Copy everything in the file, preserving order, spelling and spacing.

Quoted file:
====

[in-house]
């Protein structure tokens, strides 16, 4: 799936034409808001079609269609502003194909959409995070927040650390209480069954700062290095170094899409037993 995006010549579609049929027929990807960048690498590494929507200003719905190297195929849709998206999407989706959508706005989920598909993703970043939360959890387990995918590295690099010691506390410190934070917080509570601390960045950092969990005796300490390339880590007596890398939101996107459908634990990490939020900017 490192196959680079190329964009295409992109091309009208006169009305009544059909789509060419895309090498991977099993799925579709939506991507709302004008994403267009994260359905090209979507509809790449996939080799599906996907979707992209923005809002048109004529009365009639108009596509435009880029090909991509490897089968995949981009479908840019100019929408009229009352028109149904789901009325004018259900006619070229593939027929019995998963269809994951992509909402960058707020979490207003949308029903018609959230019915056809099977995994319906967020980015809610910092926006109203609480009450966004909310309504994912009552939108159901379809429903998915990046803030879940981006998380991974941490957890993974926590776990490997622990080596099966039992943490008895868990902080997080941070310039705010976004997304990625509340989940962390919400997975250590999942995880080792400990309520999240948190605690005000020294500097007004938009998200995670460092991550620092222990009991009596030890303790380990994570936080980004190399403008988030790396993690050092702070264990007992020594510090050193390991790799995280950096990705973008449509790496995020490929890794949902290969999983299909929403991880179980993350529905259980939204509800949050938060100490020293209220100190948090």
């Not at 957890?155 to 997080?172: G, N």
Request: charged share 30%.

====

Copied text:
[in-house]
């Protein structure tokens, strides 16, 4: 799936034409808001079609269609502003194909959409995070927040650390209480069954700062290095170094899409037993 995006010549579609049929027929990807960048690498590494929507200003719905190297195929849709998206999407989706959508706005989920598909993703970043939360959890387990995918590295690099010691506390410190934070917080509570601390960045950092969990005796300490390339880590007596890398939101996107459908634990990490939020900017 490192196959680079190329964009295409992109091309009208006169009305009544059909789509060419895309090498991977099993799925579709939506991507709302004008994403267009994260359905090209979507509809790449996939080799599906996907979707992209923005809002048109004529009365009639108009596509435009880029090909991509490897089968995949981009479908840019100019929408009229009352028109149904789901009325004018259900006619070229593939027929019995998963269809994951992509909402960058707020979490207003949308029903018609959230019915056809099977995994319906967020980015809610910092926006109203609480009450966004909310309504994912009552939108159901379809429903998915990046803030879940981006998380991974941490957890993974926590776990490997622990080596099966039992943490008895868990902080997080941070310039705010976004997304990625509340989940962390919400997975250590999942995880080792400990309520999240948190605690005000020294500097007004938009998200995670460092991550620092222990009991009596030890303790380990994570936080980004190399403008988030790396993690050092702070264990007992020594510090050193390991790799995280950096990705973008449509790496995020490929890794949902290969999983299909929403991880179980993350529905259980939204509800949050938060100490020293209220100190948090």
């Not at 957890?155 to 997080?172: G, N």
Request: charged share 30%.